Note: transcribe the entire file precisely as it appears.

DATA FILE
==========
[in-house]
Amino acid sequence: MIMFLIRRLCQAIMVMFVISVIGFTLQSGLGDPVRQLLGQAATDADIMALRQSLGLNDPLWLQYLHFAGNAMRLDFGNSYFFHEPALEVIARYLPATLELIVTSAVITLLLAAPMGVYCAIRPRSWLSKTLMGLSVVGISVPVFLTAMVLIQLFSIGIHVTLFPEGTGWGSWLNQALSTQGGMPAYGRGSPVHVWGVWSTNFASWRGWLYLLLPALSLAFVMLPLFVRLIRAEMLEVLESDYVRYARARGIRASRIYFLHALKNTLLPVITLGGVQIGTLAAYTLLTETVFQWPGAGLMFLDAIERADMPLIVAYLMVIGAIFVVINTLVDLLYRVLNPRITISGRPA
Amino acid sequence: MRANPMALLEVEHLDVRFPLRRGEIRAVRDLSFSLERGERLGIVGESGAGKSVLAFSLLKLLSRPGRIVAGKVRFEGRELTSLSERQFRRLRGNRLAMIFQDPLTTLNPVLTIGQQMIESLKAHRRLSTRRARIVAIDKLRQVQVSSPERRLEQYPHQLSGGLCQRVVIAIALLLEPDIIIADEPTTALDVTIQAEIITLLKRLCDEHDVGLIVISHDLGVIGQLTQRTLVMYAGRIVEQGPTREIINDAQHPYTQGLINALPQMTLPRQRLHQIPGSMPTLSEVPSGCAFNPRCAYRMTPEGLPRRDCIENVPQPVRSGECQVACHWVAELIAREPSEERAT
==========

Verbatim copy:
[in-house]
Amino acid sequence: MIMFLIRRLCQAIMVMFVISVIGFTLQSGLGDPVRQLLGQAATDADIMALRQSLGLNDPLWLQYLHFAGNAMRLDFGNSYFFHEPALEVIARYLPATLELIVTSAVITLLLAAPMGVYCAIRPRSWLSKTLMGLSVVGISVPVFLTAMVLIQLFSIGIHVTLFPEGTGWGSWLNQALSTQGGMPAYGRGSPVHVWGVWSTNFASWRGWLYLLLPALSLAFVMLPLFVRLIRAEMLEVLESDYVRYARARGIRASRIYFLHALKNTLLPVITLGGVQIGTLAAYTLLTETVFQWPGAGLMFLDAIERADMPLIVAYLMVIGAIFVVINTLVDLLYRVLNPRITISGRPA
Amino acid sequence: MRANPMALLEVEHLDVRFPLRRGEIRAVRDLSFSLERGERLGIVGESGAGKSVLAFSLLKLLSRPGRIVAGKVRFEGRELTSLSERQFRRLRGNRLAMIFQDPLTTLNPVLTIGQQMIESLKAHRRLSTRRARIVAIDKLRQVQVSSPERRLEQYPHQLSGGLCQRVVIAIALLLEPDIIIADEPTTALDVTIQAEIITLLKRLCDEHDVGLIVISHDLGVIGQLTQRTLVMYAGRIVEQGPTREIINDAQHPYTQGLINALPQMTLPRQRLHQIPGSMPTLSEVPSGCAFNPRCAYRMTPEGLPRRDCIENVPQPVRSGECQVACHWVAELIAREPSEERAT